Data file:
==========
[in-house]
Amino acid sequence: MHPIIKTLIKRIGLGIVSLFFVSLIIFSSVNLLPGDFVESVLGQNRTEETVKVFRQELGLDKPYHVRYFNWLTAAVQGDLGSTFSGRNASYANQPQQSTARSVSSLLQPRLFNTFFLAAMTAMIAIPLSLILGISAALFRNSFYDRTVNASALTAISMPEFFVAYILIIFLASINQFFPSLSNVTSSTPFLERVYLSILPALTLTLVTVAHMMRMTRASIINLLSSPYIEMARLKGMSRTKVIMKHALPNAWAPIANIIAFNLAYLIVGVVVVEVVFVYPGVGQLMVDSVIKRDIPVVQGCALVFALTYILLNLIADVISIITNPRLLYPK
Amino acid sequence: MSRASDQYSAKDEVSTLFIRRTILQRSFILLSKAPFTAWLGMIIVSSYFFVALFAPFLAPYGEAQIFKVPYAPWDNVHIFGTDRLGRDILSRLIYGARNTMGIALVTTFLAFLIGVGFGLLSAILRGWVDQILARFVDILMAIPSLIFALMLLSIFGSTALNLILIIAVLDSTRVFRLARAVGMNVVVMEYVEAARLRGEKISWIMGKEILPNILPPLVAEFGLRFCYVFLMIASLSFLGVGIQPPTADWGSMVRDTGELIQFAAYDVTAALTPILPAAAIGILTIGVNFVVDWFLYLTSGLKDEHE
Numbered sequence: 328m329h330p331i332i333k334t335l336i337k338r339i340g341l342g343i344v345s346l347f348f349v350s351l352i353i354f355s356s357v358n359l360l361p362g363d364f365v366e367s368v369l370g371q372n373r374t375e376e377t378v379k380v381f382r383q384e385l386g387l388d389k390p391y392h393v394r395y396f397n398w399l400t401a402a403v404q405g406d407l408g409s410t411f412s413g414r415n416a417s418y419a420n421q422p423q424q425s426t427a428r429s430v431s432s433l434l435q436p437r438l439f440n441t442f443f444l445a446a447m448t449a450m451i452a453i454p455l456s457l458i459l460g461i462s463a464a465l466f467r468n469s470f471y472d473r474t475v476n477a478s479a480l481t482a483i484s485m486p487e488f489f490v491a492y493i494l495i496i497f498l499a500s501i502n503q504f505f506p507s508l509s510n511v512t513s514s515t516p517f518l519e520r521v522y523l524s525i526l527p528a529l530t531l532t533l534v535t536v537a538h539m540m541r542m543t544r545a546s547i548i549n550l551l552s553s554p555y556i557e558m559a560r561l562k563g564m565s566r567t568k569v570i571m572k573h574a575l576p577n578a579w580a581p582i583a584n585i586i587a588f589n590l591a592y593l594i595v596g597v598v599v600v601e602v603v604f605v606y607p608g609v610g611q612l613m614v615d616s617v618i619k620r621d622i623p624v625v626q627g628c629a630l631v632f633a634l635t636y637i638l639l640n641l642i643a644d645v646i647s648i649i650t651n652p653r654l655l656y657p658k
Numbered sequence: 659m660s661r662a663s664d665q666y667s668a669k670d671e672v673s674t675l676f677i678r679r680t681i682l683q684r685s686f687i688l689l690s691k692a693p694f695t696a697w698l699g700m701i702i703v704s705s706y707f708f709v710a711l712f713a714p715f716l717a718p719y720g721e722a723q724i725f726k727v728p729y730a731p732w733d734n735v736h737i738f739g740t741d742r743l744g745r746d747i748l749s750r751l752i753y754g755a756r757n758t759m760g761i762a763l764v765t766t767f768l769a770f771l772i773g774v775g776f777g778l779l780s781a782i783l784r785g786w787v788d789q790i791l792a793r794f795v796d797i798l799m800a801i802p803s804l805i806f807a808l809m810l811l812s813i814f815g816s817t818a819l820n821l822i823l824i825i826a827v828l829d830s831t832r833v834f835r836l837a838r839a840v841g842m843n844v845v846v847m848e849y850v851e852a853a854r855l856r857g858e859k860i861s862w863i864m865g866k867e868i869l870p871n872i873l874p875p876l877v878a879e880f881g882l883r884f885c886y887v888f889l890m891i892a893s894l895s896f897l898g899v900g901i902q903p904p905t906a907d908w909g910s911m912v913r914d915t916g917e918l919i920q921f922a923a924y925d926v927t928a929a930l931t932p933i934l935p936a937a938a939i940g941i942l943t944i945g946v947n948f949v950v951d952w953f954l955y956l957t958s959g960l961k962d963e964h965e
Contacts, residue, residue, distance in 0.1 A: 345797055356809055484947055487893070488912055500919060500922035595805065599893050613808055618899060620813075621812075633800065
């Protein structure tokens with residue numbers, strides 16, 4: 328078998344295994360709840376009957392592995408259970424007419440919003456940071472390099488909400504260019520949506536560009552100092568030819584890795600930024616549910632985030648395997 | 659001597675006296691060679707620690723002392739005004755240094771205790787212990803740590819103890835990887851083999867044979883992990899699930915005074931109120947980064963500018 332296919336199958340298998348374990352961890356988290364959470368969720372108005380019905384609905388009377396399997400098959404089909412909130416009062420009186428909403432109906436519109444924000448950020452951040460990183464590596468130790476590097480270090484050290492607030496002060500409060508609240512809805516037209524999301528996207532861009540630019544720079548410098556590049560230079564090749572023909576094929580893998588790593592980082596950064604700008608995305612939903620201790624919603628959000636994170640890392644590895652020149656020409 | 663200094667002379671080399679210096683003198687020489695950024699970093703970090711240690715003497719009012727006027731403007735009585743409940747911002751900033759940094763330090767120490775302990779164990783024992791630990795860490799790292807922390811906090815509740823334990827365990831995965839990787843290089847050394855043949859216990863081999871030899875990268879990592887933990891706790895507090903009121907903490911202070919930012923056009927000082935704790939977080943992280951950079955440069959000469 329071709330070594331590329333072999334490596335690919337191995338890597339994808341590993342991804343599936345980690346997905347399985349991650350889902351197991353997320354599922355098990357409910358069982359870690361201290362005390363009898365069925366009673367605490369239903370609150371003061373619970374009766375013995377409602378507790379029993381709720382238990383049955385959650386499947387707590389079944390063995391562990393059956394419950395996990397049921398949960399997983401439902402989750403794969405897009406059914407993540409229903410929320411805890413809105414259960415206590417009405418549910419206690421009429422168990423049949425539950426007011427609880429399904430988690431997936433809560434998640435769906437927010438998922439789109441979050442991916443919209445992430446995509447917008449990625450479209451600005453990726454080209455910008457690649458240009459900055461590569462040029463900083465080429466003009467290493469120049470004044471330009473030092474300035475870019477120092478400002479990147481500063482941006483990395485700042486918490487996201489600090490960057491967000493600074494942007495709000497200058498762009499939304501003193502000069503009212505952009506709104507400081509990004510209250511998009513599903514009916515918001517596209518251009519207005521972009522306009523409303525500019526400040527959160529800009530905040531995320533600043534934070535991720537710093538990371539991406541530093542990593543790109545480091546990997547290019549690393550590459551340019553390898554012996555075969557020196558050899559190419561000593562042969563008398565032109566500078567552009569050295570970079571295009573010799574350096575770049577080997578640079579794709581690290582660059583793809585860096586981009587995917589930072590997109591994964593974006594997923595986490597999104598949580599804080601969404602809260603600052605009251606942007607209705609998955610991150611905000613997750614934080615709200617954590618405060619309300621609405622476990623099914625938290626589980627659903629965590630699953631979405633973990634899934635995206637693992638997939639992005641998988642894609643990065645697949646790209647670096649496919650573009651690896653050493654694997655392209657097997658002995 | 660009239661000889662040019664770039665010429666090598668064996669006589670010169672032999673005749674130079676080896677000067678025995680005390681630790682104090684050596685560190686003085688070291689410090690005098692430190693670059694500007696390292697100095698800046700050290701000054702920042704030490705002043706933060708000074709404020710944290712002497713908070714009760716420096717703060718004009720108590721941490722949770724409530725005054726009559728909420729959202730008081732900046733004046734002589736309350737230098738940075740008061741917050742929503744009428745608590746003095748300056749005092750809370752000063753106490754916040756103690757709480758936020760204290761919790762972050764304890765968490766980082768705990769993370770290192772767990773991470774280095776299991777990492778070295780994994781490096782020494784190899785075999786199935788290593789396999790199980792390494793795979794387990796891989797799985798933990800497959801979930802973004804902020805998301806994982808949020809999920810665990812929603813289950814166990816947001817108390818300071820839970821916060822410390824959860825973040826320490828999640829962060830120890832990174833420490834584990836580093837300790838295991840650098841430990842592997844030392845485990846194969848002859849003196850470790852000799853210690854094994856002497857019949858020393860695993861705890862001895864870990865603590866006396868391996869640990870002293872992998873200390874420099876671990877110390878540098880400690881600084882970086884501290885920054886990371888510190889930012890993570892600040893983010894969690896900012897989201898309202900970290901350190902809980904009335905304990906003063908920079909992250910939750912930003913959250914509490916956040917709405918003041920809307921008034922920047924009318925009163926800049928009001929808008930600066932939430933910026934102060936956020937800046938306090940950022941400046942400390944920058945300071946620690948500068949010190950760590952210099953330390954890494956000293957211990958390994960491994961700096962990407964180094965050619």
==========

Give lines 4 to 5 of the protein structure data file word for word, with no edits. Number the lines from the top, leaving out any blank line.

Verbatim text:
Numbered sequence: 328m329h330p331i332i333k334t335l336i337k338r339i340g341l342g343i344v345s346l347f348f349v350s351l352i353i354f355s356s357v358n359l360l361p362g363d364f365v366e367s368v369l370g371q372n373r374t375e376e377t378v379k380v381f382r383q384e385l386g387l388d389k390p391y392h393v394r395y396f397n398w399l400t401a402a403v404q405g406d407l408g409s410t411f412s413g414r415n416a417s418y419a420n421q422p423q424q425s426t427a428r429s430v431s432s433l434l435q436p437r438l439f440n441t442f443f444l445a446a447m448t449a450m451i452a453i454p455l456s457l458i459l460g461i462s463a464a465l466f467r468n469s470f471y472d473r474t475v476n477a478s479a480l481t482a483i484s485m486p487e488f489f490v491a492y493i494l495i496i497f498l499a500s501i502n503q504f505f506p507s508l509s510n511v512t513s514s515t516p517f518l519e520r521v522y523l524s525i526l527p528a529l530t531l532t533l534v535t536v537a538h539m540m541r542m543t544r545a546s547i548i549n550l551l552s553s554p555y556i557e558m559a560r561l562k563g564m565s566r567t568k569v570i571m572k573h574a575l576p577n578a579w580a581p582i583a584n585i586i587a588f589n590l591a592y593l594i595v596g597v598v599v600v601e602v603v604f605v606y607p608g609v610g611q612l613m614v615d616s617v618i619k620r621d622i623p624v625v626q627g628c629a630l631v632f633a634l635t636y637i638l639l640n641l642i643a644d645v646i647s648i649i650t651n652p653r654l655l656y657p658k
Numbered sequence: 659m660s661r662a663s664d665q666y667s668a669k670d671e672v673s674t675l676f677i678r679r680t681i682l683q684r685s686f687i688l689l690s691k692a693p694f695t696a697w698l699g700m701i702i703v704s705s706y707f708f709v710a711l712f713a714p715f716l717a718p719y720g721e722a723q724i725f726k727v728p729y730a731p732w733d734n735v736h737i738f739g740t741d742r743l744g745r746d747i748l749s750r751l752i753y754g755a756r757n758t759m760g761i762a763l764v765t766t767f768l769a770f771l772i773g774v775g776f777g778l779l780s781a782i783l784r785g786w787v788d789q790i791l792a793r794f795v796d797i798l799m800a801i802p803s804l805i806f807a808l809m810l811l812s813i814f815g816s817t818a819l820n821l822i823l824i825i826a827v828l829d830s831t832r833v834f835r836l837a838r839a840v841g842m843n844v845v846v847m848e849y850v851e852a853a854r855l856r857g858e859k860i861s862w863i864m865g866k867e868i869l870p871n872i873l874p875p876l877v878a879e880f881g882l883r884f885c886y887v888f889l890m891i892a893s894l895s896f897l898g899v900g901i902q903p904p905t906a907d908w909g910s911m912v913r914d915t916g917e918l919i920q921f922a923a924y925d926v927t928a929a930l931t932p933i934l935p936a937a938a939i940g941i942l943t944i945g946v947n948f949v950v951d952w953f954l955y956l957t958s959g960l961k962d963e964h965e